ALPORT SYNDROME, X-LINKED; ATS
AMYLOIDOSIS I, HEREDITARY NEUROPATHIC
AMYOTROPHIC LATERAL SCLEROSIS 1; ALS1
ANDROGEN RECEPTOR; AR (testicular feminization; spinal and bulbar muscular atrophy; Kennedy disease)
ANEUPLOIDIES BY STR GENOTYPING
ANGIOEDEMA, HEREDITARY; HAE
BASAL CELL NEVUS SYNDROME; BCNS (GORLIN)
BETA-HYDROXYISOBUTYRYL CoA DEACYLASE, DEFICIENCY OF
BLEPHAROPHIMOSIS, PTOSIS, AND EPICANTHUS INVERSUS; BPES
BLOOD GROUP--KELL-CELLANO SYSTEM
BRACHYDACTYLY, TYPE B1; BDB1
BRAIN TUMOR, POSTERIOR FOSSA OF INFANCY, FAMILIAL
BREAST CANCER, FAMILIAL
BREAST-OVARIAN CANCER, FAMILIAL, SUSCEPTIBILITY TO
BRUTON AGAMMAGLOBULINEMIA TYROSINE KINASE; BTK
CARDIOENCEPHALOMYOPATHY, FATAL INFANTILE, DUE TO CYTOCHROME c OXIDASE DEFICIENCY
CARDIOMYOPATHY, FAMILIAL HYPERTROPHIC, 4; CMH4
CEROID LIPOFUSCINOSIS, NEURONAL 2, LATE INFANTILE; CLN2
CHARCOT-MARIE-TOOTH DISEASE, AXONAL, TYPE 2E
CHARCOT-MARIE-TOOTH DISEASE, DEMYELINATING, TYPE 1A; CMT1A
CHARCOT-MARIE-TOOTH DISEASE, DEMYELINATING, TYPE 1B; CMT1B
CHARCOT-MARIE-TOOTH DISEASE, X-LINKED, 1; CMTX1
CHOLESTASIS, PROGRESSIVE FAMILIAL INTRAHEPATIC 2
CHONDRODYSPLASIA PUNCTATA 1, X-LINKED RECESSIVE; CDPX1
COLLAGEN, TYPE IV, ALPHA-5; COL4A5
COLORECTAL CANCER, HEREDITARY NONPOLYPOSIS, TYPE 1; HNPCC1
COLORECTAL CANCER, HEREDITARY NONPOLYPOSIS, TYPE 2; HNPCC2
CONGENITAL ADRENAL HYPERPLASIA (CAH)
CRANIOFACIAL DYSOSTOSIS, TYPE I; (CFD1)
CUTIS LAXA, AUTOSOMAL RECESSIVE, TYPE I
CYSTIC FIBROSIS; CF
CYSTINOSIS, NEPHROPATHIC; CTNS
DARIER-WHITE DISEASE; DAR
DEAFNESS, NEUROSENSORY, AUTOSOMAL RECESSIVE 1; DFNB1
DIAMOND-BLACKFAN ANEMIA; DBA
DYSTROPHIA MYOTONICA 1
EARLY-ONSET FAMILIAL ALZHEIMER DISEASE;
ECTODERMAL DYSPLASIA 1, ANHIDROTIC; ED1
ECTODERMAL DYSPLASIA, ANHIDROTIC
ECTRODACTYLY, ECTODERMAL DYSPLASIA, AND CLEFT LIP/PALATE SYNDROME 1; EEC1
EHLERS-DANLOS SYNDROME, TYPE VI
EMERY-DREIFUSS MUSCULAR DYSTROPHY, AUTOSOMAL RECESSIVE; EDMD3
EMERY-DREIFUSS MUSCULAR DYSTROPHY, X-LINKED; EDMD
EPIDERMOLYSIS BULLOSA DYSTROPHICA, PASINI TYPE
EPIDERMOLYSIS BULLOSA LETALIS
EPIDERMOLYSIS BULLOSA SIMPLEX WITH PYLORIC ATRESIA
EPIPHYSEAL DYSPLASIA, MULTIPLE, 1; EDM1
EXOSTOSES, MULTIPLE, TYPE I
FACIOSCAPULOHUMERAL MUSCULAR DYSTROPHY 1A; FSHMD1A
FAMILIAL MEDITERRANEAN FEVER GENE; MEFV
FANCONI ANEMIA, COMPLEMENTATION GROUP C; FANCC
FANCONI ANEMIA, COMPLEMENTATION GROUP E; FANCE
FANCONI ANEMIA, COMPLEMENTATION GROUP F; FANCF
FANCONI ANEMIA, COMPLEMENTATION GROUP G
FANCONI ANEMIA, COMPLEMENTATION GROUP I; FANCI
FANCONI ANEMIA, COMPLEMENTATION GROUP J
FANCONY ANEMIA, COMPLEMENTATION GROUP A; FANCA
FRAGILE SITE MENTAL RETARDATION 1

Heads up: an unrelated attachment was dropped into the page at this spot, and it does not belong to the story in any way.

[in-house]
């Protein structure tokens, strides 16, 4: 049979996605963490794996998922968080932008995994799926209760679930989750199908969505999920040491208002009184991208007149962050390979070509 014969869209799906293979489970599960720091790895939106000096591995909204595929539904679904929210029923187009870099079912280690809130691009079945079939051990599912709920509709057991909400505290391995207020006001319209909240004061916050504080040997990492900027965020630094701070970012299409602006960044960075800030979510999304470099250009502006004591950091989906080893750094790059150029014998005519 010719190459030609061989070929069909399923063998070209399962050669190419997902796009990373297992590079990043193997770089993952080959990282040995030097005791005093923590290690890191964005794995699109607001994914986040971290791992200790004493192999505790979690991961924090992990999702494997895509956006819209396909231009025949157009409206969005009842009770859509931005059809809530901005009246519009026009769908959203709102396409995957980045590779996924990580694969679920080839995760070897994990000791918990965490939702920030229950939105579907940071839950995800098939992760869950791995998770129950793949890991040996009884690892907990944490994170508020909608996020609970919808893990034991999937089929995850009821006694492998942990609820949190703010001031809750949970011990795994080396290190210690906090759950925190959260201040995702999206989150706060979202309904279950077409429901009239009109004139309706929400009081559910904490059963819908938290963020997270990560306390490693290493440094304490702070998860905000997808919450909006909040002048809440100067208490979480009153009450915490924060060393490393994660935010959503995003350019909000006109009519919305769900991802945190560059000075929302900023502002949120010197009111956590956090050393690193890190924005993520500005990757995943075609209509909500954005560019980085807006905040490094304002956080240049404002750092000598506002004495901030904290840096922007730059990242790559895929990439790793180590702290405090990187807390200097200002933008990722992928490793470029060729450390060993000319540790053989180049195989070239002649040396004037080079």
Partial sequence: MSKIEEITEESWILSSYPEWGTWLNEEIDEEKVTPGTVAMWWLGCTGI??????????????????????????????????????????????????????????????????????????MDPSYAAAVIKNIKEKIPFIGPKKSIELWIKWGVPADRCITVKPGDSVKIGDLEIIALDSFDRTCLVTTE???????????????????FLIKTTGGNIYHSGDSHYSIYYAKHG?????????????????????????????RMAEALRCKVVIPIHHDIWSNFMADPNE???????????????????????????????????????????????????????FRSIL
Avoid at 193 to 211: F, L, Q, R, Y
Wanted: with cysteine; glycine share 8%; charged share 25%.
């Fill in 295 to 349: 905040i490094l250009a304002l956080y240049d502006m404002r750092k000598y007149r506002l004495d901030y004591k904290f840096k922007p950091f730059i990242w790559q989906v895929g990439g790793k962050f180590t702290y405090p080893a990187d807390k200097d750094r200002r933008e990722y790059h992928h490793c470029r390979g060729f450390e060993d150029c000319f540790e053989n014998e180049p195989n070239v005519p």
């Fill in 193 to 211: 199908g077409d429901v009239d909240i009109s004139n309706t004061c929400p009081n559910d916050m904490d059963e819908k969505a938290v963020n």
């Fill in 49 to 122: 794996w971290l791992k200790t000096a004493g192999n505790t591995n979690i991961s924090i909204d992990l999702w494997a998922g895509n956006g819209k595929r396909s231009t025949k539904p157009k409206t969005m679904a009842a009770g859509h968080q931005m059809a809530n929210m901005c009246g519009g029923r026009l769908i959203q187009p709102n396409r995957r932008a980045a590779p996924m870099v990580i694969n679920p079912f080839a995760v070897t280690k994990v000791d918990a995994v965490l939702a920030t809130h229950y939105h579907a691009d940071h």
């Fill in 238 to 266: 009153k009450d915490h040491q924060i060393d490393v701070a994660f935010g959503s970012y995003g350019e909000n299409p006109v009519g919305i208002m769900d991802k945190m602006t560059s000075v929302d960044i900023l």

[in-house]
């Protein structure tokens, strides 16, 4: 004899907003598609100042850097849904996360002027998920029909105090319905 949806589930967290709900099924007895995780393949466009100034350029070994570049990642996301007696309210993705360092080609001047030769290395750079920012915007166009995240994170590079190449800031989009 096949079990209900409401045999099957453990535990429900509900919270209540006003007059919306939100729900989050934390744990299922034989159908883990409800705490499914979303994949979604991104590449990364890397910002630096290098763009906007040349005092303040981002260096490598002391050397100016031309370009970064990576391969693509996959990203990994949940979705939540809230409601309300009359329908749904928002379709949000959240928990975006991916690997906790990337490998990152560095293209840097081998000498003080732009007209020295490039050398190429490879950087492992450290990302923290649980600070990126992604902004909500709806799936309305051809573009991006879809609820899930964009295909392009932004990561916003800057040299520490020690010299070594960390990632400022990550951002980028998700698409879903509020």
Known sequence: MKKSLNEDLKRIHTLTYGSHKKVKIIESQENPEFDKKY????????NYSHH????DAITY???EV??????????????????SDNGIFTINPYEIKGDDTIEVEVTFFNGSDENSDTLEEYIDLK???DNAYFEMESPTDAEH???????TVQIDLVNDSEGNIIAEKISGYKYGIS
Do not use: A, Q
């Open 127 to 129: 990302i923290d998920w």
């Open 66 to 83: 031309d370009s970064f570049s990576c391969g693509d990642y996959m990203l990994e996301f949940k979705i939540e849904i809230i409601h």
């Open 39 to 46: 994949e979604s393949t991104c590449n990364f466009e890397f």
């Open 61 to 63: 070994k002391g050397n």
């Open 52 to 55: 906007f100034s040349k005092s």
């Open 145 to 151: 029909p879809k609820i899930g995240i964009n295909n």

FRAGILE SITE, FOLIC ACID TYPE, RARE, FRA(X)(q28); FRAXE
FRIEDREICH ATAXIA 1; FRDA
GANGLIOSIDOSIS, GENERALIZED GM1, TYPE I
GAUCHER DISEASE, TYPE I
GERODERMA OSTEODYSPLASTICUM; GO
GLAUCOMA 3, PRIMARY CONGENITAL, A; GLC3A
GLUCOSE-6-PHOSPHATE DEHYDROGENASE; G6PD
GLUTARIC ACIDEMIA I
GLYCOGEN STORAGE DISEASE I
GLYCOGEN STORAGE DISEASE II
GLYCOGEN STORAGE DISEASE TYPE VI
GRANULOMATOUS DISEASE, CHRONIC, X-LINKED; CGD
HEMOGLOBIN--ALPHA LOCUS 1; HBA1
HEMOGLOBIN--ALPHA LOCUS 2; HBA2
HEMOGLOBIN--BETA LOCUS; HBB
HEMOPHAGOCYTIC LYMPHOHISTIOCYTOSIS, FAMILIAL, 2
HLA MATCHING GENOTYPING
HOMOCYSTINURIA DUE TO DEFICIENCY OF N(5,10)-METHYLENETETRAHYDROFOLATE REDUCTASE ACTIVITY
HOYERAAL-HREIDARSSON SYNDROME; HHS
HUNTINGTON DISEASE; HD
HYDROCEPHALUS, X-LINKED; L1CAM
HYPERINSULINEMIC HYPOGLYCEMIA, FAMILIAL, 1; HHF1
HYPOMAGNESEMIA, RENAL, WITH OCULAR INVOLVEMENT
HYPOPHOSPHATEMIC RICKETS, X-LINKED DOMINANT
ICHTHYOSIS, LAMELLAR, 1; LI1
ICHTHYOSIS, LAMELLAR, 2; LI2
IMMUNODEFICIENCY WITH HYPER-IgM, TYPE 1; HIGM1
IMMUNODYSREGULATION, POLYENDOCRINOPATHY, AND ENTEROPATHY, X-LINKED; IPEX
INCONTINENTIA PIGMENTI; IP
ISOVALERIC ACIDEMIA; IVA
LEIGH SYNDROME; LS
LEUKOENCEPHALOPATHY WITH VANISHING WHITE MATTER; VWM
LEUKOENCEPHALOPATHY WITH VANISHING WHITE MATTER; VWM
LI-FRAUMENI SYNDROME 1; LFS1
LOEYS-DIETZ SYNDROME; LDS
LONG-CHAIN 3-HYDROXYACYL-CoA DEHYDROGENASE DEFICIENCY;HADHA
MACHADO-JOSEPH DISEASE; MJD
MARFAN SYNDROME; MFS
METAPHYSEAL CHONDRODYSPLASIA, SCHMID TYPE; MCDS
MICROCORIA-CONGENITAL NEPHROSIS SYNDROME
MICROTUBULE-ASSOCIATED PROTEIN TAU; MAPT
MIGRAINE, FAMILIAL HEMIPLEGIC, 1; FHM1
MORQUIO SYNDROME, NONKERATOSULFATE-EXCRETING TYPE
MUCOPOLYSACCHARIDOSIS TYPE II (HUNTER)
HUNTER-MCALPINE CRANIOSYNOSTOSIS SYNDROME
MUCOPOLYSACCHARIDOSIS TYPE VI
MULTIPLE ACYL-CoA DEHYDROGENASE DEFICIENCY; MADD
MULTIPLE ENDOCRINE NEOPLASIA, TYPE I; MEN1
MULTIPLE ENDOCRINE NEOPLASIA, TYPE IIA; MEN2A
MUSCULAR DYSTROPHY, BECKER TYPE; BMD
MUSCULAR DYSTROPHY, DUCHENNE TYPE; DMD
MYOPATHY, MYOFIBRILLAR, DESMIN-RELATED
MYOTUBULAR MYOPATHY 1; MTM1
N-ACETYLGLUTAMATE SYNTHASE DEFICIENCY
NEPHROSIS 1, CONGENITAL, FINNISH TYPE; NPHS1
NEUROFIBROMATOSIS, TYPE I; NF1
NEUROFIBROMATOSIS, TYPE II; NF2
NEUROPATHY, HEREDITARY SENSORY AND AUTONOMIC, TYPE I; HSAN1
NEUROPATHY, HEREDITARY SENSORY AND AUTONOMIC, TYPE III; HSAN3
NIEMANN-PICK DISEASE, TYPE A
NOONAN SYNDROME 1; NS1
NORRIE DISEASE; NDP
OCULOCUTANEOUS ALBINISM, TYPE I; OCA1
OCULOCUTANEOUS ALBINISM, TYPE II; OCA2
OPTIC ATROPHY 1; OPA1
ORNITHINE TRANSCARBAMYLASE DEFICIENCY
OSTEOGENESIS IMPERFECTA CONGENITA; OIC
OSTEOGENESIS IMPERFECTA CONGENITA; OIC
OSTEOPETROSIS, AUTOSOMAL RECESSIVE
PANCREATITIS, HEREDITARY; PCTT
PELIZAEUS-MERZBACHER-LIKE DISEASE; PMLD
PEUTZ-JEGHERS SYNDROME; PJS
POLYCYSTIC KIDNEY DISEASE 1; PKD1
POLYCYSTIC KIDNEY DISEASE 2; PKD2
POLYCYSTIC KIDNEY DISEASE, AUTOSOMAL RECESSIVE; ARPKD
POPLITEAL PTERYGIUM SYNDROME; PPS
PYRIDOXAMINE 5-PRIME-PHOSPHATE OXIDASE DEFICIENCY
RETINITIS PIGMENTOSA ;
RETINITIS PIGMENTOSA 3; RP3
RETT SYNDROME; RTT
RHESUS BLOOD GROUP, CcEe ANTIGENS; RHCE
RHESUS BLOOD GROUP, D ANTIGEN; RHD
SICKLE CELL ANEMIA
SMITH-LEMLI-OPITZ SYNDROME; SLOS
SONIC HEDGEHOG; SHH
SPINAL MUSCULAR ATROPHY, TYPE I; SMA1
SPINOCEREBELLAR ATAXIA 1; SCA1
SPINOCEREBELLAR ATAXIA 2; SCA2
SPINOCEREBELLAR ATAXIA 6; SCA6
SPINOCEREBELLAR ATAXIA 7; SCA7